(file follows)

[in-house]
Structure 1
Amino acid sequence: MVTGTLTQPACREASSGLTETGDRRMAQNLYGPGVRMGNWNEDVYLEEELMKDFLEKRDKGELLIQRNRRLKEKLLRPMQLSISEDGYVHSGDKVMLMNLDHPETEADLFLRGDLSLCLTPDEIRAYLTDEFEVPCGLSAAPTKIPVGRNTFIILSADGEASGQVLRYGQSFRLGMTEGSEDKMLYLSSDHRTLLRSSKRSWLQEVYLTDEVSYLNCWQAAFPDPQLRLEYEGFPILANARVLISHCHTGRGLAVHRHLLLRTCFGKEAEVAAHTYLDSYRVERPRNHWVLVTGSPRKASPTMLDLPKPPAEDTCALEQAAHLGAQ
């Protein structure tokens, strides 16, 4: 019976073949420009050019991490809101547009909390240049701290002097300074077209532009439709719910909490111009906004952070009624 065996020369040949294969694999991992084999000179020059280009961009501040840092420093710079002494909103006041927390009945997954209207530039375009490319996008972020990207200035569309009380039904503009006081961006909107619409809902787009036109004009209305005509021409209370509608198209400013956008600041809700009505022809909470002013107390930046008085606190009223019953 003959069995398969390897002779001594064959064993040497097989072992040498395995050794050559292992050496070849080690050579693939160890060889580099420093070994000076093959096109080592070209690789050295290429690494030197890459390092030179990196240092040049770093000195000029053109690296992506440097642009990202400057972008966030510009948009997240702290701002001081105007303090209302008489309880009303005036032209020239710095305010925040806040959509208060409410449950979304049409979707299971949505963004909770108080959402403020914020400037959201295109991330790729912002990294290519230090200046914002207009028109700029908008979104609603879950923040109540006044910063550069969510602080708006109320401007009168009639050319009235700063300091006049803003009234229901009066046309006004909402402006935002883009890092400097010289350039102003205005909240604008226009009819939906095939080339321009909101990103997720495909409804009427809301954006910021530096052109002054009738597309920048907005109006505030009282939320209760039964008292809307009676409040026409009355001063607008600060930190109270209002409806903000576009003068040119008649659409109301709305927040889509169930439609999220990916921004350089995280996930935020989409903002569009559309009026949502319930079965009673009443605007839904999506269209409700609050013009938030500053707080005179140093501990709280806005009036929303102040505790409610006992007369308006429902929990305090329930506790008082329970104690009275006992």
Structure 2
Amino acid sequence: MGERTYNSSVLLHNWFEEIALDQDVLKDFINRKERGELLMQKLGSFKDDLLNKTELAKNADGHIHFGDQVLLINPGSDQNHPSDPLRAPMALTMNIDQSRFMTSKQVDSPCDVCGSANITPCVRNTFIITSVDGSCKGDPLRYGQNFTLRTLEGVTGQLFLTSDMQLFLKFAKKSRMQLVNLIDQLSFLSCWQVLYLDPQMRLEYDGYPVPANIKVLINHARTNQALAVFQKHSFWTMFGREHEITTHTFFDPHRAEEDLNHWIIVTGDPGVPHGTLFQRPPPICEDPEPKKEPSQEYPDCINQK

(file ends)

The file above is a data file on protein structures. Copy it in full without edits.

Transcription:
[in-house]
Structure 1
Amino acid sequence: MVTGTLTQPACREASSGLTETGDRRMAQNLYGPGVRMGNWNEDVYLEEELMKDFLEKRDKGELLIQRNRRLKEKLLRPMQLSISEDGYVHSGDKVMLMNLDHPETEADLFLRGDLSLCLTPDEIRAYLTDEFEVPCGLSAAPTKIPVGRNTFIILSADGEASGQVLRYGQSFRLGMTEGSEDKMLYLSSDHRTLLRSSKRSWLQEVYLTDEVSYLNCWQAAFPDPQLRLEYEGFPILANARVLISHCHTGRGLAVHRHLLLRTCFGKEAEVAAHTYLDSYRVERPRNHWVLVTGSPRKASPTMLDLPKPPAEDTCALEQAAHLGAQ
């Protein structure tokens, strides 16, 4: 019976073949420009050019991490809101547009909390240049701290002097300074077209532009439709719910909490111009906004952070009624 065996020369040949294969694999991992084999000179020059280009961009501040840092420093710079002494909103006041927390009945997954209207530039375009490319996008972020990207200035569309009380039904503009006081961006909107619409809902787009036109004009209305005509021409209370509608198209400013956008600041809700009505022809909470002013107390930046008085606190009223019953 003959069995398969390897002779001594064959064993040497097989072992040498395995050794050559292992050496070849080690050579693939160890060889580099420093070994000076093959096109080592070209690789050295290429690494030197890459390092030179990196240092040049770093000195000029053109690296992506440097642009990202400057972008966030510009948009997240702290701002001081105007303090209302008489309880009303005036032209020239710095305010925040806040959509208060409410449950979304049409979707299971949505963004909770108080959402403020914020400037959201295109991330790729912002990294290519230090200046914002207009028109700029908008979104609603879950923040109540006044910063550069969510602080708006109320401007009168009639050319009235700063300091006049803003009234229901009066046309006004909402402006935002883009890092400097010289350039102003205005909240604008226009009819939906095939080339321009909101990103997720495909409804009427809301954006910021530096052109002054009738597309920048907005109006505030009282939320209760039964008292809307009676409040026409009355001063607008600060930190109270209002409806903000576009003068040119008649659409109301709305927040889509169930439609999220990916921004350089995280996930935020989409903002569009559309009026949502319930079965009673009443605007839904999506269209409700609050013009938030500053707080005179140093501990709280806005009036929303102040505790409610006992007369308006429902929990305090329930506790008082329970104690009275006992």
Structure 2
Amino acid sequence: MGERTYNSSVLLHNWFEEIALDQDVLKDFINRKERGELLMQKLGSFKDDLLNKTELAKNADGHIHFGDQVLLINPGSDQNHPSDPLRAPMALTMNIDQSRFMTSKQVDSPCDVCGSANITPCVRNTFIITSVDGSCKGDPLRYGQNFTLRTLEGVTGQLFLTSDMQLFLKFAKKSRMQLVNLIDQLSFLSCWQVLYLDPQMRLEYDGYPVPANIKVLINHARTNQALAVFQKHSFWTMFGREHEITTHTFFDPHRAEEDLNHWIIVTGDPGVPHGTLFQRPPPICEDPEPKKEPSQEYPDCINQK